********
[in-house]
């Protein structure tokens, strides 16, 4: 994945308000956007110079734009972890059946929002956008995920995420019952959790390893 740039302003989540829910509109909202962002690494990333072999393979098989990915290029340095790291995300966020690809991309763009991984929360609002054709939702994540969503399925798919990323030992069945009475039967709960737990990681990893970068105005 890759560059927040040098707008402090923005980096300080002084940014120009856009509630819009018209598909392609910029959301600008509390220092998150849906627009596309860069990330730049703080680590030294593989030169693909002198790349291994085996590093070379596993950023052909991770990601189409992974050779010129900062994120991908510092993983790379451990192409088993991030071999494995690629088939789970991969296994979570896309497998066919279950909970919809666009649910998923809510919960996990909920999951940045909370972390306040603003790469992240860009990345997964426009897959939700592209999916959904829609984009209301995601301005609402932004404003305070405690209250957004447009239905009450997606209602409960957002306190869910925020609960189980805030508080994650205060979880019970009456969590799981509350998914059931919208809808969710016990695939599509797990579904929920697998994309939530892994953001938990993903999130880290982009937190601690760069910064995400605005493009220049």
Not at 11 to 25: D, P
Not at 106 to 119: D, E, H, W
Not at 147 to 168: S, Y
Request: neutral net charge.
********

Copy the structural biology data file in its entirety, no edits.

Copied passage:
[in-house]
């Protein structure tokens, strides 16, 4: 994945308000956007110079734009972890059946929002956008995920995420019952959790390893 740039302003989540829910509109909202962002690494990333072999393979098989990915290029340095790291995300966020690809991309763009991984929360609002054709939702994540969503399925798919990323030992069945009475039967709960737990990681990893970068105005 890759560059927040040098707008402090923005980096300080002084940014120009856009509630819009018209598909392609910029959301600008509390220092998150849906627009596309860069990330730049703080680590030294593989030169693909002198790349291994085996590093070379596993950023052909991770990601189409992974050779010129900062994120991908510092993983790379451990192409088993991030071999494995690629088939789970991969296994979570896309497998066919279950909970919809666009649910998923809510919960996990909920999951940045909370972390306040603003790469992240860009990345997964426009897959939700592209999916959904829609984009209301995601301005609402932004404003305070405690209250957004447009239905009450997606209602409960957002306190869910925020609960189980805030508080994650205060979880019970009456969590799981509350998914059931919208809808969710016990695939599509797990579904929920697998994309939530892994953001938990993903999130880290982009937190601690760069910064995400605005493009220049």
Not at 11 to 25: D, P
Not at 106 to 119: D, E, H, W
Not at 147 to 168: S, Y
Request: neutral net charge.